Case Study by: Mike Eklund
Many of the case studies for Nature Needs Half have involved an area within a defined political jurisdiction at the national, provincial or city level. It is important to note however, that nature crosses borders and that an ecological region is often spread amongst many different political jurisdictions. This is the case with NNH case studies including the Maloti-Drakensberg Transfrontier Conservation Area, the South Caucasus Eco-Region, and the Silk Road. The most ambitious and the largest transfrontier conservation area in the world, however, is known as the Kavango-Zambezi Transfrontier Area.
The Kavango-Zambezi (KAZA) Transfrontier Conservation Area (TFCA) is situated in Southern Africa on the borders of five sovereign nation-states: Angola, Botswana, Namibia, Zambia, and Zimbabwe. The process of the creation of this territory has evolved from two initiatives (the Okavango Upper Zambezi International Tourism Initiative and the “Four Corners” Transboundary Natural Resource Management Initiative) into the current Memorandum of Understanding signed by the five countries on December 7th, 2006. The area is situated on the Okavango and Zambezi river basins and is the world’s largest TFCA, spanning an area of approximately 287,132km2 (110,862mi2), which is almost the size of Italy (300,979km2 or 116,208mi2) according to the KAZA TFCA Website. The area includes 36 national parks, game management areas, game reserves, and community conservancies. The most notable of these include Victoria Falls, the Okavango Delta, Chobe National Park, and the Caprivi Strip. The area is one of the most ecologically rich places on the planet with an extremely high level of biodiversity. It is home to the largest contiguous population of elephants on the African continent, with over 250,000. In addition to the large array of wildlife found in the territory, there are over 600 species of birds and over 3,000 species of plants, with 100 of those being endemic to the region.
The Peace Parks Foundation (PPF) has had a major role in the development of the KAZA TFCA as well as many other TFCAs in Southern Africa. The PPF was founded on February 1st, 1997 with an initial grant of R1.2 million ($260,000) with the goal of facilitating the development of TFCAs across Southern Africa. The concept for a separate organization devoted to TFCAs was introduced by the Executive Committee of WWF South Africa including Anton Rupert, President of WWF South Africa who kick-started the first TFCA in Southern Africa in Southern Mozambique, Swaziland and Eastern South Africa.
There are three categories of projects that occur in the transfrontier area: Conservation projects, infrastructure development, and tourism development. One major conservation project that is being carried out in the TFCA is the development of a network of ecological corridors, a key component of the Nature Needs Half approach, all linking to a central core of the KAZA TFCA. Another key project for the TFCA in the Zambian portion is the Simalaha Wildlife Recovery Area Project, which established a collaborative effort by two Chiefdoms along the banks of the Kasaya River. The goal of the project is to ultimately increase the wildlife numbers to what they were in the 1970s, with the hopes of ultimately attracting more tourism and stimulating the local economy. Another major project is to clear the landmines in the Angolan portion of the TFCA left over from their Civil War.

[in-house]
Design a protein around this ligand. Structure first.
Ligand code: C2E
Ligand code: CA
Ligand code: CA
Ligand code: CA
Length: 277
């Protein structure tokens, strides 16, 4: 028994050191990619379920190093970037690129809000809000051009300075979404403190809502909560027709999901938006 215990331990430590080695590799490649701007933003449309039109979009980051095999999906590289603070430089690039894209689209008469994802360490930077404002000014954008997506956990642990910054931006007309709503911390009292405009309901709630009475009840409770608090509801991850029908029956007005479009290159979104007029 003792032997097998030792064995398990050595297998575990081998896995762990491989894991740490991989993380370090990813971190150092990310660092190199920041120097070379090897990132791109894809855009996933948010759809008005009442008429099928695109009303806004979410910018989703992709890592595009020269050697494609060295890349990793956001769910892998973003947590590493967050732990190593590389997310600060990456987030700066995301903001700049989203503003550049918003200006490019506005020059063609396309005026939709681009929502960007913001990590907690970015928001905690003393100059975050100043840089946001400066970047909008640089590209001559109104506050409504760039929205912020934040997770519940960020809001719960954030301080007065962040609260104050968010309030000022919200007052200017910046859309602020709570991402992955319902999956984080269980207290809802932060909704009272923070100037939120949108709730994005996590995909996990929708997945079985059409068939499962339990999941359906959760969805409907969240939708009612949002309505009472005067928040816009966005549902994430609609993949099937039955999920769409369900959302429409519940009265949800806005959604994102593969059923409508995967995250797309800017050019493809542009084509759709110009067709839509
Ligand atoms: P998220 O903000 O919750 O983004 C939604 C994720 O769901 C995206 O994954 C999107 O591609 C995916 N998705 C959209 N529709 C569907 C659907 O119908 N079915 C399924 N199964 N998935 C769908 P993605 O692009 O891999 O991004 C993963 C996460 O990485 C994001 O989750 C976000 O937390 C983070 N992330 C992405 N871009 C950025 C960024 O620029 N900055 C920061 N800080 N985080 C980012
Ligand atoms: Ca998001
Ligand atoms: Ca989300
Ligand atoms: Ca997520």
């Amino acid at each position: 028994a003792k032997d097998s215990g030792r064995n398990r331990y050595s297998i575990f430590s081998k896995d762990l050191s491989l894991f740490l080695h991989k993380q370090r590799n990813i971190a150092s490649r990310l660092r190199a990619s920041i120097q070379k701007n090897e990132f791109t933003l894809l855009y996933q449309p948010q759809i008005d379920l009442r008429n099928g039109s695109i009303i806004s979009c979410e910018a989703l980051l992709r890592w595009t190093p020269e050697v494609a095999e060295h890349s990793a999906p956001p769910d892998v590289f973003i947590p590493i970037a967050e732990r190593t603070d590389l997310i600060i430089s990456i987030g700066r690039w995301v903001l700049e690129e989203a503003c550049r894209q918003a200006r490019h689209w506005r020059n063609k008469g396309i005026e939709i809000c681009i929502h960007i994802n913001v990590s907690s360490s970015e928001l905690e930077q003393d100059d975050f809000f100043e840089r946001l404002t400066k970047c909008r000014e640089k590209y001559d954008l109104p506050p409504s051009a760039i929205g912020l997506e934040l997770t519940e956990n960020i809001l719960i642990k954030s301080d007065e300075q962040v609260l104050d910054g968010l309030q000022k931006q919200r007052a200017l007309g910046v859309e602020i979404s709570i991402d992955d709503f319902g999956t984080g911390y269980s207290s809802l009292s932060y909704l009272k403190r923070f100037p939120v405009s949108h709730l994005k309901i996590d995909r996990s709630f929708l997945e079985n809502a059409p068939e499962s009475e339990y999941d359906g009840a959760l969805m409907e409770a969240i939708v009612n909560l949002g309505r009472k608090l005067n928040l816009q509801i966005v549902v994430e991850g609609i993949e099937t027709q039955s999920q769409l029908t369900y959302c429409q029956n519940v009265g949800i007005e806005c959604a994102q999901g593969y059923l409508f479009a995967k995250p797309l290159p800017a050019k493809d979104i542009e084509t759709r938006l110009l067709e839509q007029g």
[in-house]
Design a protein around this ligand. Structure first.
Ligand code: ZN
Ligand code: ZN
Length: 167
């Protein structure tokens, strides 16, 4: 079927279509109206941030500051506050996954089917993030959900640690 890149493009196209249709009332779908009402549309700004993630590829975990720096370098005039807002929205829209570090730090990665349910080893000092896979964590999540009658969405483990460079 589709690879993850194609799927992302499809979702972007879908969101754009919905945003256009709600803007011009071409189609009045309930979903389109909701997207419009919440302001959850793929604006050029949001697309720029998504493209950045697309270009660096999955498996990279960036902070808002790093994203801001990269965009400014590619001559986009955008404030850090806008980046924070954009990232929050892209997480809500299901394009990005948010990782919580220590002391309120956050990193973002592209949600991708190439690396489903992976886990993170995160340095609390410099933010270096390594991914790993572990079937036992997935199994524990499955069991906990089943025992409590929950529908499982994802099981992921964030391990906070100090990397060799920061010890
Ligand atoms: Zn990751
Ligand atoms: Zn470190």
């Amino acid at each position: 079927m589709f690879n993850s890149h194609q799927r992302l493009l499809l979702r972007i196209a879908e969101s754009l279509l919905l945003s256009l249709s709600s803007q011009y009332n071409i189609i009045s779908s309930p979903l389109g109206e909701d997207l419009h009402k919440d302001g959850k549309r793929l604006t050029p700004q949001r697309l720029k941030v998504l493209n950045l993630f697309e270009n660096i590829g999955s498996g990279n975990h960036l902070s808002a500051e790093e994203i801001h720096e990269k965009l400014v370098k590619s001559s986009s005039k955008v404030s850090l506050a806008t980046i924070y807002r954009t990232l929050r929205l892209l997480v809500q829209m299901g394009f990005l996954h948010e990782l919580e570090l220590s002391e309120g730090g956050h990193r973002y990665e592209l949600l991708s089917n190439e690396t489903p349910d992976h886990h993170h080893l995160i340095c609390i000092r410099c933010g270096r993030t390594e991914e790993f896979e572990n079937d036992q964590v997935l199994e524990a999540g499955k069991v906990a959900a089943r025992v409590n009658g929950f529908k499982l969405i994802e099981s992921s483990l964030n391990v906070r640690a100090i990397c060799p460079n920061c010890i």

In addition to conservation projects, there are also a wide variety of projects devoted to developing the infrastructure in the region. These projects have been funded and implemented by a wide variety of Western governments and NGOs. The first major injection of capital into the area came from the German government through their development bank, KfW, which amounted to around €430,000. These were the funds that ultimately allowed for the development of this initiative since 2008. The German Government has sanctioned another €8 million to be allocated towards further projects. Other governments that have contributed to the development of the area by allocating funds include those of the Netherlands, the United States and Switzerland. There have been many NGOs involved in the development of infrastructure as well including the Peace Parks Foundation (PPF), the World Wildlife Fund (WWF), and Conservation International (CI).
The WILD Foundation has a unique connection to the KAZA TFCA, as one of its programs known as Tracks of Giants (a journey across Southern Africa along ancient African Elephant migration paths) crossed through the area. Tracks of Giants (under WILD and The Wilderness Foundation Africa) involved a team of regional conservationists, trackers, local conservationists and media officials trekking on foot, by kayak and mountain bike some 5614km (3488mi) across Southern Africa from Namibia in the West to Mozambique in the East, crossing through the KAZA TFCA along the way. Along the way, the team met with local communities to survey and document conservation issues as well as issues relating to the local population such as supplying clean water. For video coverage of TOG with reference to KAZA, click here. One of WILD’s regional partners, also involved in TOG, is Elephants Without Borders, which is working throughout KAZA and beyond.
The Kavango-Zambezi Transfrontier Conservation Area is an excellent example of how governments of neighboring nations can work together to ultimately protect the common ecoregion in which they are situated. With the continued development of conservation and infrastructure development programs, the region has the potential to become one of the world’s largest and most successful conservation areas.